CSS, ECMAScript, and DOM are all similar: each browser implements a different set of features that partially overlap each other and partially overlap the standards themselves. An experienced developer is expected to know (and keep up with) what subset of features are safe to use on all targeted browsers and which have equivalent functions and what hacks are necessary to trigger those functions on the implementing browsers. The fact the people even talk about targeting browsers shows just how far we are from having any consistent standard we can depend on to work no matter what browser the document is viewed in.

Now add to this the fact that the HTTP protocol itself, the protocol that is intrinsically linked to HTML, is 176 pages long and (from my experience) poorly understood by most web application developers. Or consider for a moment the fact that you even need to be fluent the mechanics of how the content is delivered to the user (and how input is delivered from the user) in order to write even a simple application. This is Joel's Law of Leaky Abstractions writ large.

Now, let's take a cue from John Lennon and imagine we could start from scratch -- what would the "perfect" environment for web application development look like?

At this point, the problems with the current model are pretty well understood. What if we pretend there is no baggage and we could just start over, developing a perfect language for describing user interaction. Imagine we could develop and deploy a new "browser" that understood this new language and implemented it perfectly to our specifications. Think about it. Seriously.

Not a re-implementation of HTML or XHTML. Not a better JavaScript. Not a better CSS. Those are all thinking too small. How about a single language the describes all aspects of user interaction with a single syntax?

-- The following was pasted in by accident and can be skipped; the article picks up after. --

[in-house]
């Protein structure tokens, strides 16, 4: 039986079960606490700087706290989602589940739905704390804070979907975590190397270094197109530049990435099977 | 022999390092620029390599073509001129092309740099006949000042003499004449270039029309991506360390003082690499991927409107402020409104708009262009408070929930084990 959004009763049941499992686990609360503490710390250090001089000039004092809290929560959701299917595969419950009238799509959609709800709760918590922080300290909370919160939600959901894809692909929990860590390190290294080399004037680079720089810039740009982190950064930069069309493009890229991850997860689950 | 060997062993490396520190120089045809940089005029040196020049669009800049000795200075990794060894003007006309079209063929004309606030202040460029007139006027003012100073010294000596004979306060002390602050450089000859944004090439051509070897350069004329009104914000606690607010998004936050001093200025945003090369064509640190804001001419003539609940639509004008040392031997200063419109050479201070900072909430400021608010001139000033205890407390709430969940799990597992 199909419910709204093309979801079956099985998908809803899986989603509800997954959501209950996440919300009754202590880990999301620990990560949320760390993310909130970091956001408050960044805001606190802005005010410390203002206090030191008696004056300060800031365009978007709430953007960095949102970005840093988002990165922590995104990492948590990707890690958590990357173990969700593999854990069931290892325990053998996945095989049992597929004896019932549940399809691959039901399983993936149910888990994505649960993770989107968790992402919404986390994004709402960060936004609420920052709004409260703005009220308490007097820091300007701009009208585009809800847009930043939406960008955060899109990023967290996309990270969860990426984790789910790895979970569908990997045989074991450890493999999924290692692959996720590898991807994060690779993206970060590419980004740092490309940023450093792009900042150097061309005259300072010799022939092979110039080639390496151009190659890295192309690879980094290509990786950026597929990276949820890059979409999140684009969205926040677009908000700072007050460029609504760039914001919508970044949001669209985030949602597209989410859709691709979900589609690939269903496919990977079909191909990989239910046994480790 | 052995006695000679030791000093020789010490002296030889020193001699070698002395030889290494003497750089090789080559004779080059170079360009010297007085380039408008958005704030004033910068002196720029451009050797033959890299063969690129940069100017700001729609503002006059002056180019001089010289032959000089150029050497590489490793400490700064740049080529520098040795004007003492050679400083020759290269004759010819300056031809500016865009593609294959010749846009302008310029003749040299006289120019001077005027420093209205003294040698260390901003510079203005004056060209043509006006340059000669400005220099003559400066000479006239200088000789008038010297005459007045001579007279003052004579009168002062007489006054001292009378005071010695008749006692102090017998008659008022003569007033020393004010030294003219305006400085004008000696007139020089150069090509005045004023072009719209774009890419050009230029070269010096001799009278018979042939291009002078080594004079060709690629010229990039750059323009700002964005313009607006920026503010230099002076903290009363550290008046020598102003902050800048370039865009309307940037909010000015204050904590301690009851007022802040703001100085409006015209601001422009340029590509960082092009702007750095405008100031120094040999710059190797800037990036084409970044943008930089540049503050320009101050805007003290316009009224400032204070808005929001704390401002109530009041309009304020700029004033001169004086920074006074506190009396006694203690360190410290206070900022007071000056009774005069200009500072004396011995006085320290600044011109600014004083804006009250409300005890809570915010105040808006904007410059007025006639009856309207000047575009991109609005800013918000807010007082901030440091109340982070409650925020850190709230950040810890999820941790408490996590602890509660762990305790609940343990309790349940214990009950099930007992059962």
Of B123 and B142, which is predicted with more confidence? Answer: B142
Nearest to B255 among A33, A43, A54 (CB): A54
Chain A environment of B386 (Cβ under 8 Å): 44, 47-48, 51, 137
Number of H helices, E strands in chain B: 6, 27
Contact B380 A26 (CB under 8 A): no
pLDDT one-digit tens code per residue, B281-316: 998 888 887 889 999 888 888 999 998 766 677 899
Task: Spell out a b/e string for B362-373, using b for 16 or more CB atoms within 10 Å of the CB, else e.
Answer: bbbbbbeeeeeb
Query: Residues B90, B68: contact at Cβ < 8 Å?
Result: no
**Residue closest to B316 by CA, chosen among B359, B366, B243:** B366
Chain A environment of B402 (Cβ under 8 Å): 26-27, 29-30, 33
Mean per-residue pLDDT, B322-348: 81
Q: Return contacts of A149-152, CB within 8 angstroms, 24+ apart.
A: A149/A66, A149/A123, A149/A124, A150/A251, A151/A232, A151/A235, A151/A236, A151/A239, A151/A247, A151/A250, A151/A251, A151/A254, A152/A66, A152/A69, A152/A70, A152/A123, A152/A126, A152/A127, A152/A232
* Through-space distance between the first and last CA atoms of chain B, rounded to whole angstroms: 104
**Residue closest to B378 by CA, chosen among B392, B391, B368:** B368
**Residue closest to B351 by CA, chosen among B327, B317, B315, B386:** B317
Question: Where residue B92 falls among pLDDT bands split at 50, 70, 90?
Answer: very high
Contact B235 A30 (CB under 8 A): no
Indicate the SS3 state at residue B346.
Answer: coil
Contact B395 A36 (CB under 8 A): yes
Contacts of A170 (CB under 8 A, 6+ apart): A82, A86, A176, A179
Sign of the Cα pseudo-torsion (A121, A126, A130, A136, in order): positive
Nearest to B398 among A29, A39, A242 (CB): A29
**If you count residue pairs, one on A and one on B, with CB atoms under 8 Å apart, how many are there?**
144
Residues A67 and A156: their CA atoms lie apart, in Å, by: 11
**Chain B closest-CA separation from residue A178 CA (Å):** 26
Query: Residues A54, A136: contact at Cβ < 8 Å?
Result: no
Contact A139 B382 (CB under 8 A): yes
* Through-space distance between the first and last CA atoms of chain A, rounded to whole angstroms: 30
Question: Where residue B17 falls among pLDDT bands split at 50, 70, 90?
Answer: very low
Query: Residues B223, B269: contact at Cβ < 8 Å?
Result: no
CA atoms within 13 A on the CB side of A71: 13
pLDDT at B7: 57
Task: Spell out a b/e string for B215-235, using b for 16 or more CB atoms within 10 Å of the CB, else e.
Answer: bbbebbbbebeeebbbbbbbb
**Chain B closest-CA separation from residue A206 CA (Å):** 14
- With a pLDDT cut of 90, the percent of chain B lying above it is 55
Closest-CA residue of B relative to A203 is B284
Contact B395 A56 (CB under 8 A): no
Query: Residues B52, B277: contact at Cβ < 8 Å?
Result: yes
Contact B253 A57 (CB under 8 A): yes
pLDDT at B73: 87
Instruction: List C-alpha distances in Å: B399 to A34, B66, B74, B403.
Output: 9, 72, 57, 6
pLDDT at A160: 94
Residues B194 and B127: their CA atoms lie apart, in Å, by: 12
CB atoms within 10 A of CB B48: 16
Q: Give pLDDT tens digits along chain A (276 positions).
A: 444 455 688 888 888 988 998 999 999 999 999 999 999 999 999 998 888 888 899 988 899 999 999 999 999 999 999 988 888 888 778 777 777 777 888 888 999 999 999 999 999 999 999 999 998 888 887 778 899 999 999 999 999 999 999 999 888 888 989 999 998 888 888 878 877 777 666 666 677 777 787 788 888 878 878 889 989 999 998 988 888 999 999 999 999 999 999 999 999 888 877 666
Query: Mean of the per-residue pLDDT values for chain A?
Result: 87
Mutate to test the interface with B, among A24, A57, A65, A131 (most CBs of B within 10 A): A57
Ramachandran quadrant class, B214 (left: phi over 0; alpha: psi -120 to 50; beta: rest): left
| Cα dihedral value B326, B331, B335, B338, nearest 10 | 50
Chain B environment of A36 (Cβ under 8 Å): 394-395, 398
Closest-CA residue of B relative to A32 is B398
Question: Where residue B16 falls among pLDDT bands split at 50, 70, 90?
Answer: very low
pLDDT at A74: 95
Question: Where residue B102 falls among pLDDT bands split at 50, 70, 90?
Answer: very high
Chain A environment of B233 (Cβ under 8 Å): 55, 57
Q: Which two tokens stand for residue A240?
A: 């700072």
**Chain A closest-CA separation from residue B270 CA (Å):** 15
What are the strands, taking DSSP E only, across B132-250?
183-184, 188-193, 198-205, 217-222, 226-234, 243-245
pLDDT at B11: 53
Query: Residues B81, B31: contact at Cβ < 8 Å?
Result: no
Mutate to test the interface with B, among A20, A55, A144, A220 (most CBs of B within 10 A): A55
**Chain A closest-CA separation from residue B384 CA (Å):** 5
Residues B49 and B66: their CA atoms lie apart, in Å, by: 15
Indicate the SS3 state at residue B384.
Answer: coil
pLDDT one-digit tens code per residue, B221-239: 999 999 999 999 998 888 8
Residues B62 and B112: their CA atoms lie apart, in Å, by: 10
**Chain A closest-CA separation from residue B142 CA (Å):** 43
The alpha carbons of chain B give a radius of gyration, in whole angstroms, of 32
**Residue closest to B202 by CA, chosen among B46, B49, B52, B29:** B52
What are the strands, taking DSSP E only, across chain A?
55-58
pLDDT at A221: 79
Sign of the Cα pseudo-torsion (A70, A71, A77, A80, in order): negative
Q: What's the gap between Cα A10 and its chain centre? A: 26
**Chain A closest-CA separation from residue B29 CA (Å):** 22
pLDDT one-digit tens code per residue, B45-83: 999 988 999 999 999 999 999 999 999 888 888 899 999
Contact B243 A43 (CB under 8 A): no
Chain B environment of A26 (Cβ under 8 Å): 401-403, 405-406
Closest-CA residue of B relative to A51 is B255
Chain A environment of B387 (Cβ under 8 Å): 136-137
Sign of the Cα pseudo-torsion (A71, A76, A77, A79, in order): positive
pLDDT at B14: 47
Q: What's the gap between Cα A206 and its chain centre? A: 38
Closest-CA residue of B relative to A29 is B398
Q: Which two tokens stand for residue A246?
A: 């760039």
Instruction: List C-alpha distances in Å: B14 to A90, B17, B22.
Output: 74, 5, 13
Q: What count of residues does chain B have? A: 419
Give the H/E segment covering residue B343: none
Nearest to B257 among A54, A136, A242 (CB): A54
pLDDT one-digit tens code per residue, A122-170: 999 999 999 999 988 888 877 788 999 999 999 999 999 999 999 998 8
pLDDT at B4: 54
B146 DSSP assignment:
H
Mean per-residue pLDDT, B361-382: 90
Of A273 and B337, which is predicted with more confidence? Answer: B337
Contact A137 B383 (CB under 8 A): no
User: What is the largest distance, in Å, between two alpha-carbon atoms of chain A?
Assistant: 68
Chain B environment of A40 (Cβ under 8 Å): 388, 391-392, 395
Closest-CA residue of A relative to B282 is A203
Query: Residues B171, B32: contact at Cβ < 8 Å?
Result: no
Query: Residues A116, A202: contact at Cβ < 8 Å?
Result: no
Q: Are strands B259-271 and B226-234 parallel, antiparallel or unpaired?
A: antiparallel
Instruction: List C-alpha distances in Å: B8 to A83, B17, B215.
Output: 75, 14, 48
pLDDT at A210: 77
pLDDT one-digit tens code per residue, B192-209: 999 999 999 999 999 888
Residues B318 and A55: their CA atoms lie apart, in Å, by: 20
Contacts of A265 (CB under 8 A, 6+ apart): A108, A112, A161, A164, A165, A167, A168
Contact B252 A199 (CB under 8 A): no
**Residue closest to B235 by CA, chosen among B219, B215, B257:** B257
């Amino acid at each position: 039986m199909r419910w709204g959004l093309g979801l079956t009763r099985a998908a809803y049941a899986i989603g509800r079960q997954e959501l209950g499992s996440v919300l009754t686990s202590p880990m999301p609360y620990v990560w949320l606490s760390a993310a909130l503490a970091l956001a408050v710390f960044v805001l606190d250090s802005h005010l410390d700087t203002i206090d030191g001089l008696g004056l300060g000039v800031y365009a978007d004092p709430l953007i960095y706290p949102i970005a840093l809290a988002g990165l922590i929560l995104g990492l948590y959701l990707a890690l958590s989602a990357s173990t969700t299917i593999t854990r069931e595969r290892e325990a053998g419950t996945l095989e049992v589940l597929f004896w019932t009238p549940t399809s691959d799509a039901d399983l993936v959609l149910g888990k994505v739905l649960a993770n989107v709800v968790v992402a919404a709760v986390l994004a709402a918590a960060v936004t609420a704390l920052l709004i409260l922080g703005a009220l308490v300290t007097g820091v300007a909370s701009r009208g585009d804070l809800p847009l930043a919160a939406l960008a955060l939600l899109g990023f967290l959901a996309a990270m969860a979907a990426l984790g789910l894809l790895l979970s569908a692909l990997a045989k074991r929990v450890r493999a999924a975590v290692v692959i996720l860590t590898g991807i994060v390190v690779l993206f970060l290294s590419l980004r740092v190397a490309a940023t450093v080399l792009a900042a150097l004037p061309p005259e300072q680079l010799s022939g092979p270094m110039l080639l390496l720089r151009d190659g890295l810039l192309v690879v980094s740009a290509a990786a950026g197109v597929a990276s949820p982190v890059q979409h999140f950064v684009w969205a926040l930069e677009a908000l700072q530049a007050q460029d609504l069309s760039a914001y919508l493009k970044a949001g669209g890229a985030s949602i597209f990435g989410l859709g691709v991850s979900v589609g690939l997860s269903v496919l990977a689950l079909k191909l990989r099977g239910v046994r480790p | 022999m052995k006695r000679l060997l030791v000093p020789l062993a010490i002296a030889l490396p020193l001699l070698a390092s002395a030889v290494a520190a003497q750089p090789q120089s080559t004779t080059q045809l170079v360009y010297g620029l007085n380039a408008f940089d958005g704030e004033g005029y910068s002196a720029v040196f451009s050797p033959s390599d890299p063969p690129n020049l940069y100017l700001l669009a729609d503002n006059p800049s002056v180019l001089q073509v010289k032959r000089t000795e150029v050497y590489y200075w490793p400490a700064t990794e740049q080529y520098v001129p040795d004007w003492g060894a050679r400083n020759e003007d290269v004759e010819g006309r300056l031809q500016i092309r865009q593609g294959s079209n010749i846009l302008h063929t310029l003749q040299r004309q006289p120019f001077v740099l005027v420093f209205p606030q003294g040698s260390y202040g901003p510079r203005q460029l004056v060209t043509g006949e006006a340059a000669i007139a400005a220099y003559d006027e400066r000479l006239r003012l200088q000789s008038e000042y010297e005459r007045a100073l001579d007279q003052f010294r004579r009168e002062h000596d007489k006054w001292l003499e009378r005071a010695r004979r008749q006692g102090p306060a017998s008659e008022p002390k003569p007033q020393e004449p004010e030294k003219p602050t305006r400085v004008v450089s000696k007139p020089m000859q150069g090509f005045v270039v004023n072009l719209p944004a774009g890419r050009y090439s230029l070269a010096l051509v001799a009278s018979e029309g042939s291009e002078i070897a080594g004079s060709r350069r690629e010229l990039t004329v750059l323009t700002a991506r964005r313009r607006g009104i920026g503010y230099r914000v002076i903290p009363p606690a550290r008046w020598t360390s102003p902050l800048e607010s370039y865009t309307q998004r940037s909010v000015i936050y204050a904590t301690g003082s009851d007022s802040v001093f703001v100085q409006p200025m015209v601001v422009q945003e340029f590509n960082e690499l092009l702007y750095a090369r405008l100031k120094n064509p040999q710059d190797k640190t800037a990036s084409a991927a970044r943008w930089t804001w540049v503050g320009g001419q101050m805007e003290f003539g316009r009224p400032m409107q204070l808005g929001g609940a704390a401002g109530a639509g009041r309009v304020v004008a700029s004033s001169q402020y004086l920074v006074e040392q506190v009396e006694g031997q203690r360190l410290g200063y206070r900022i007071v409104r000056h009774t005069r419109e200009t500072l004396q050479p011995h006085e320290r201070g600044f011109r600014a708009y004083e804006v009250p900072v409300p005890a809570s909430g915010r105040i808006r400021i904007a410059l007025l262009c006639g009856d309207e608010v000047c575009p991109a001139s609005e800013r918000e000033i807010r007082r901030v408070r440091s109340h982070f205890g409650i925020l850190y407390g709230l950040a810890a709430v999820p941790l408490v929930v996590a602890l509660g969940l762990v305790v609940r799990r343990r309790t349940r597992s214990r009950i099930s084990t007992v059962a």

You may say I'm a dreamer, but I'm not the only one.

In fact, as I mentioned above, the W3C has been making motions in this general direction for years. They proposed XHTML and CSS as replacements for the mess that is HTML. But if XHTML and CSS are still not properly implemented by all browsers almost 10 years after their introduction, why should we expect anyone to implement our "ideal" all-encompassing interaction specification language?

My suggestion: we don't.

May I suggest instead, a translator. One that takes a document written in our web interaction language as input and outputs all the hairy HTML, CSS, ECMAScript, etc. that is necessary to get the predominant browsers to behave the way specified by that document. That is, admit defeat and relegate the current web development paradigms to mere implementation details.

In fact, this may not be as crazy as it sounds. There are a number of XHTML templating toolkits for python that can be configured to convert generated XHTML documents into plain old HTML 4.01 documents that all browsers support. Consider extending this concept beyond just output generation, but to the whole of web application interaction.

Think of it as writing a compiler in which the output "machine code" is HTML, CSS, ECMAScript, and the server-side logic.

Is this pie-in-the-sky dreaming? Sure. Is it a hard problem? Sure. Does it risk running afoul of the Law of Leaky Abstractions? You betcha.

But codifying web best practices and cross-browser support behind a consistent high-level language and compiler is priceless. Just imagine the beauty, the joy, that web application development could be. Imagine how much more productive you could be if you weren't coding CSS hacks and having to test on 5 different browsers after each change.

Yeah, it's crazy. But what is the alternative? Convincing every browser vendor in the world to (finally!) implement standards correctly, convincing every person in the world to upgrade to the standards-implementing browsers and ensuring they stay up-to-date as bug-fixes are released for those browsers? Now who is talking crazy?

Friday, April 11, 2008

Turned 0x20

Wow, I just noticed that it has been months since my last blog update. Turns out that with the long commute, I don't have nearly the amount of free time I used to have. It probably doesn't help that I have to stand/walk for the entire 3-hour round-trip commute; I'm just exhausted at the end of the day.

Anyway, I'm just writing a post to say I turned 0x20 today. At least that is what I told my wife to say when she had her birthday back in February...she's having more trouble with getting old(er) than I am. She didn't like 0x20 because it looked "too young" so we compromised on 26 (duodecimal). She thought that felt more like it.

I'd just assume to tell people I'm 100000, but I don't think too many people would find that funny.